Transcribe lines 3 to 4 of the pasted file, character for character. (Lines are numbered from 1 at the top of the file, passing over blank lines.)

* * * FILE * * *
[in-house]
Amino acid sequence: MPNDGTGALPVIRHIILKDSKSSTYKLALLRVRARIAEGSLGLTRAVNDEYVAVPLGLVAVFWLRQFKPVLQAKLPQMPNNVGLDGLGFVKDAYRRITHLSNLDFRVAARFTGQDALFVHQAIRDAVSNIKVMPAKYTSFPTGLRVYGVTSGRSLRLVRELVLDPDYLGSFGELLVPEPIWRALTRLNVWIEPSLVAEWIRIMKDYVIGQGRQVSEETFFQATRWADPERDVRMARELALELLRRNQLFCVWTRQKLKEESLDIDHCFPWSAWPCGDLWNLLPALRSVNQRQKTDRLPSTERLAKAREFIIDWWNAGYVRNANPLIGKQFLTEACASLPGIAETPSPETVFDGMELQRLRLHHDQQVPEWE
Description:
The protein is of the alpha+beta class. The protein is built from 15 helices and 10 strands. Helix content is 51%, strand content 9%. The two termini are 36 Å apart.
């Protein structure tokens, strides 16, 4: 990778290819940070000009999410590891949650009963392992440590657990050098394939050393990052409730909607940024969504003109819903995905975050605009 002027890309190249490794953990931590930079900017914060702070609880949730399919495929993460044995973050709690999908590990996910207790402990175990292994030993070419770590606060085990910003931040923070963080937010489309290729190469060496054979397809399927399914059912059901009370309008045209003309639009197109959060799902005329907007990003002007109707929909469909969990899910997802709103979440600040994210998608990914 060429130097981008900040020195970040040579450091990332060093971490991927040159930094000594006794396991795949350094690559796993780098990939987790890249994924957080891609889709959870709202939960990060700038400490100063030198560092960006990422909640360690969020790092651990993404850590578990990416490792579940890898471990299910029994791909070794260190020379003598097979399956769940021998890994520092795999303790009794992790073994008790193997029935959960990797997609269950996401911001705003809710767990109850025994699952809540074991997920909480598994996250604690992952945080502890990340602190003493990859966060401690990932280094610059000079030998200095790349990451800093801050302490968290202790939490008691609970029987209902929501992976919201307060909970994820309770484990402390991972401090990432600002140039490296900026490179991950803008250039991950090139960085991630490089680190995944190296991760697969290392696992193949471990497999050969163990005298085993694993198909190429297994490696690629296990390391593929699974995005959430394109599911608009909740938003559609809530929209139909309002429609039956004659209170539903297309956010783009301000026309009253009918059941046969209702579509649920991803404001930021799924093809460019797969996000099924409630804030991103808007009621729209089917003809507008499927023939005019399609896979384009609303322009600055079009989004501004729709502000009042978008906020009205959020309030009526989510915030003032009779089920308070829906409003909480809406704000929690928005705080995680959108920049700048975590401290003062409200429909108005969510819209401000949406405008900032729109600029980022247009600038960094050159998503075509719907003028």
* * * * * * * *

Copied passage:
Description:
The protein is of the alpha+beta class. The protein is built from 15 helices and 10 strands. Helix content is 51%, strand content 9%. The two termini are 36 Å apart.